On Sunday, Finns will be heading to the polls to vote in an election that could determine not only their future government but also whether Prime Minister Sanna Marin continues leading the country as it enters NATO.
Marin, who gained international attention for her feminist politics and young age when she became prime minister at just 34 years old, is expected to win the election. However, polls indicate a tight race that could unseat her.
The campaign has been dominated by discussions of economic and security aftershocks of Russia's invasion of Ukraine. But there's more at stake than just domestic policy. The election marks the beginning of a new era in sports business ownership across the globe.
In recent years, sports teams and leagues have seen ownership shift from media and technology companies towards finance and real estate businesses. These decisions have huge consequences for communities, cities, even entire countries.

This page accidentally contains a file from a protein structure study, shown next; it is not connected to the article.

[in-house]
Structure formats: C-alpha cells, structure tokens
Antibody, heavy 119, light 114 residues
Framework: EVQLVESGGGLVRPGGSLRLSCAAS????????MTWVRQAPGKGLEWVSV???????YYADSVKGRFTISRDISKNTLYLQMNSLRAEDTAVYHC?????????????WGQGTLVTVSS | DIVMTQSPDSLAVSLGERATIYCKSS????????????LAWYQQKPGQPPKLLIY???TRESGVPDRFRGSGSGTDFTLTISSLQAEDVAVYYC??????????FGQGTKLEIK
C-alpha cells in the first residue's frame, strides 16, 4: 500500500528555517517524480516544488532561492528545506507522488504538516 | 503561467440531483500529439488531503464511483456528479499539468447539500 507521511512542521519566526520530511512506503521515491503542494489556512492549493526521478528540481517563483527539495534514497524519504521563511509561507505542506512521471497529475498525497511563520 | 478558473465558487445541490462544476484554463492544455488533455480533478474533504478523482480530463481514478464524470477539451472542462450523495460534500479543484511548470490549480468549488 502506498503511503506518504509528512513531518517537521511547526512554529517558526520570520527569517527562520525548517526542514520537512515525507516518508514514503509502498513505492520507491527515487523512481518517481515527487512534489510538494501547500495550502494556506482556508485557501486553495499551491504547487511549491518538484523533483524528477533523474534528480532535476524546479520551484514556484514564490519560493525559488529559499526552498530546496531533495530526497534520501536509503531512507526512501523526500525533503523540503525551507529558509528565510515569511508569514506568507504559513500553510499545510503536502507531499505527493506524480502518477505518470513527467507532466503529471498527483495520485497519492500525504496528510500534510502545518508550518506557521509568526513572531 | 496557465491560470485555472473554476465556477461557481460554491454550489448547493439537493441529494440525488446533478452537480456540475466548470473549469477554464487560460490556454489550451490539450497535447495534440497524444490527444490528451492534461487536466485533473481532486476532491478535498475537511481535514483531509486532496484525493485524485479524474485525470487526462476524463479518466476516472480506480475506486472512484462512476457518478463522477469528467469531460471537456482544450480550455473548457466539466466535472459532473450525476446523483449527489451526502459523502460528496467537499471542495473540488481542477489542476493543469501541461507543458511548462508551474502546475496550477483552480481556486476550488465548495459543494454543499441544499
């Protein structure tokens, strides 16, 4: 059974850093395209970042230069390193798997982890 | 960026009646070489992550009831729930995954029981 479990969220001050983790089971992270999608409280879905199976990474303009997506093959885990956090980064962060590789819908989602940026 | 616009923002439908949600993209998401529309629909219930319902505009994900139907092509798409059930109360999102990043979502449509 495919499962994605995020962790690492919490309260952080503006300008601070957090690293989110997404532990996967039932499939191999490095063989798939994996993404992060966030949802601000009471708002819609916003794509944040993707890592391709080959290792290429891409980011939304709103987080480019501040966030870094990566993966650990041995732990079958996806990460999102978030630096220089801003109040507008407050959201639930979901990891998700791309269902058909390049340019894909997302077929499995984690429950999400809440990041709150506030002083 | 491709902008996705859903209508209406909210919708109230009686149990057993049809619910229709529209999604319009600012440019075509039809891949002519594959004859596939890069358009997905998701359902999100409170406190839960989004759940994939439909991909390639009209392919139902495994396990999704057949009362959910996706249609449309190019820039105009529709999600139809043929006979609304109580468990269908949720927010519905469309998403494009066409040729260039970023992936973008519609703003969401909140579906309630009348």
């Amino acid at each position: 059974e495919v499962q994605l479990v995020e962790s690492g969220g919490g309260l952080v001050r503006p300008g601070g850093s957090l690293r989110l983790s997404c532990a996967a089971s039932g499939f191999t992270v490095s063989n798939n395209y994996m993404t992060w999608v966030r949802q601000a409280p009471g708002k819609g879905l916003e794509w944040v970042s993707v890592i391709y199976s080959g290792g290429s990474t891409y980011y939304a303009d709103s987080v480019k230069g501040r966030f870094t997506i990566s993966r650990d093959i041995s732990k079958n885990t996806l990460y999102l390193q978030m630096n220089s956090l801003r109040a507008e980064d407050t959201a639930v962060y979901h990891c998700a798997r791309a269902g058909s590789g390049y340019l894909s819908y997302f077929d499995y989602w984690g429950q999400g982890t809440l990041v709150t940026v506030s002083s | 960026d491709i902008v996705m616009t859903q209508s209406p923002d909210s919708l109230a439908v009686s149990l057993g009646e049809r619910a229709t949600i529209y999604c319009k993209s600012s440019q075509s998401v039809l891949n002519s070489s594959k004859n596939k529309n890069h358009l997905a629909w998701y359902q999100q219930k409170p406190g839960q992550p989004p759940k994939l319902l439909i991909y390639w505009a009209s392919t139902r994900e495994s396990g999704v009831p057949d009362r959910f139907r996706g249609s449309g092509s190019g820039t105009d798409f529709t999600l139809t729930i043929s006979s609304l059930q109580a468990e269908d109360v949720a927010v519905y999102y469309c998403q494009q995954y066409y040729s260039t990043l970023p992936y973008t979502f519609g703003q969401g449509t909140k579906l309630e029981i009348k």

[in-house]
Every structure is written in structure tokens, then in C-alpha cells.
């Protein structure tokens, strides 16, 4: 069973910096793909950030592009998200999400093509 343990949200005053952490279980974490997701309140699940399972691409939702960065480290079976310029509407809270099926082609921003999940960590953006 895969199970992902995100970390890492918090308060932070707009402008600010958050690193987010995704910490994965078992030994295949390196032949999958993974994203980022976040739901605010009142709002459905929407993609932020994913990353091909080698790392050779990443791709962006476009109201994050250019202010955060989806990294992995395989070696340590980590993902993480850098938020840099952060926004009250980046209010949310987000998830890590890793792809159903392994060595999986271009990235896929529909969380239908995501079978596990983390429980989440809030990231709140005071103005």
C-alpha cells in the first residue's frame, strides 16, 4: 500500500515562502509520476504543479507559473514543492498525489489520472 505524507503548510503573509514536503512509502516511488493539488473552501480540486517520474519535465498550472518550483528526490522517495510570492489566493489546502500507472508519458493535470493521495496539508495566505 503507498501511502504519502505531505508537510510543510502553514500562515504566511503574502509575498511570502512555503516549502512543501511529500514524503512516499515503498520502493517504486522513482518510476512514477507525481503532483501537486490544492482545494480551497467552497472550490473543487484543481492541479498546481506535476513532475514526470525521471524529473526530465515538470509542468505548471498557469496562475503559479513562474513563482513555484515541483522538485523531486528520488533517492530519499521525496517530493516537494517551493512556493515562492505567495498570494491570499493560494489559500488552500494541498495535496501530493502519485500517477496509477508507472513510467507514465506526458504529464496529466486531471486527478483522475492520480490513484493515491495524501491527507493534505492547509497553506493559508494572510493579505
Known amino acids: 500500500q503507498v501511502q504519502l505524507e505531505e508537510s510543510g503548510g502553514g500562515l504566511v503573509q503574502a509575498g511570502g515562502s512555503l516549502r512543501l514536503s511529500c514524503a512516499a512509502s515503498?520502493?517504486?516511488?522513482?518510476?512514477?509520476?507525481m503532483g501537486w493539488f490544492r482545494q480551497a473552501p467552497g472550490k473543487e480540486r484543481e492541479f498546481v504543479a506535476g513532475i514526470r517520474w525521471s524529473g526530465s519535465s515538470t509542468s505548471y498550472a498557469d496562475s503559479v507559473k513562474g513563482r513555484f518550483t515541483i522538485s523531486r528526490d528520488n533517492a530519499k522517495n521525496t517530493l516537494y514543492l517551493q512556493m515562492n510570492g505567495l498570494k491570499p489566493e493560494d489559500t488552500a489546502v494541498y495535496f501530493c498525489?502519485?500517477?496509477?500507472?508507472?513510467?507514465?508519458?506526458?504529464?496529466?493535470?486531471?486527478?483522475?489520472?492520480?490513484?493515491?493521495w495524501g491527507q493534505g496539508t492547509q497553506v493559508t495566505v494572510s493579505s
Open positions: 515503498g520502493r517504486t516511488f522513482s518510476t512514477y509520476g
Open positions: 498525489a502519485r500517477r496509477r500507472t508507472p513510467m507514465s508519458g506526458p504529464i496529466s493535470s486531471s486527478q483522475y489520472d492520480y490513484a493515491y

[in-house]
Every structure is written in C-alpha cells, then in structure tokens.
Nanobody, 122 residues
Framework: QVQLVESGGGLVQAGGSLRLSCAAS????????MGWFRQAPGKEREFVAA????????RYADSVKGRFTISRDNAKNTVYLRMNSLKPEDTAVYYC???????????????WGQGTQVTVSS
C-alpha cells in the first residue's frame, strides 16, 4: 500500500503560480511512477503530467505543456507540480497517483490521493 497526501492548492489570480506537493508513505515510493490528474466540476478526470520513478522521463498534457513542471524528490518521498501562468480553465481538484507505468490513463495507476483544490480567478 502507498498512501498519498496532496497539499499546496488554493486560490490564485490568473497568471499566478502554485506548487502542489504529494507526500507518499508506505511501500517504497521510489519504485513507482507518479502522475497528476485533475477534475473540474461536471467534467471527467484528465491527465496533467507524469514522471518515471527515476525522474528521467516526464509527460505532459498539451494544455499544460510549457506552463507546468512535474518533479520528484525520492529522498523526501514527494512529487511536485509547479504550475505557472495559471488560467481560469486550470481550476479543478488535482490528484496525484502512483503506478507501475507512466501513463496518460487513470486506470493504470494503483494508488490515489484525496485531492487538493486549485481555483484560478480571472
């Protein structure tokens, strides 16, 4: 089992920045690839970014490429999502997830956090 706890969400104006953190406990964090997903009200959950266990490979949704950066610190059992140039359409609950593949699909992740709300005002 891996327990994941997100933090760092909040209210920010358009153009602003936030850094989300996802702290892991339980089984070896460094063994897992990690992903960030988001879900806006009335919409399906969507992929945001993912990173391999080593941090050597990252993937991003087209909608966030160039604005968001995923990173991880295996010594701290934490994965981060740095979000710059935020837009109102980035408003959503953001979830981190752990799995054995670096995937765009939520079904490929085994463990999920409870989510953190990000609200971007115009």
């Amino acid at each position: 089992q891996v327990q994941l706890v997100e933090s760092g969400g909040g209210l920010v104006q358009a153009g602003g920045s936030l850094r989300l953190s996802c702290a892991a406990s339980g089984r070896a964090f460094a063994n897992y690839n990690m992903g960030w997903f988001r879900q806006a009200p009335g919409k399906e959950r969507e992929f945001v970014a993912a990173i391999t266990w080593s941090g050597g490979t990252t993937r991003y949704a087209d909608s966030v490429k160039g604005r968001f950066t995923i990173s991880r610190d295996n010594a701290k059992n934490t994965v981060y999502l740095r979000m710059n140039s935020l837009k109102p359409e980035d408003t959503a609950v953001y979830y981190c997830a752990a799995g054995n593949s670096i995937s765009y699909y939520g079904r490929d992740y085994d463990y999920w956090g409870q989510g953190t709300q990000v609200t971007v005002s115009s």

With no single party large enough to command a majority without governing partners, Finland is likely headed into lengthy negotiations to form a ruling coalition following this weekend's election results. Regardless of who takes up residence in Helsinki's Parliament House after these negotiations conclude or whether Finland joins NATO or not, one thing is clear: whoever leads Finland will be making consequential decisions about its future relationship with both Russia and other nations - including those involved in global sports business deals.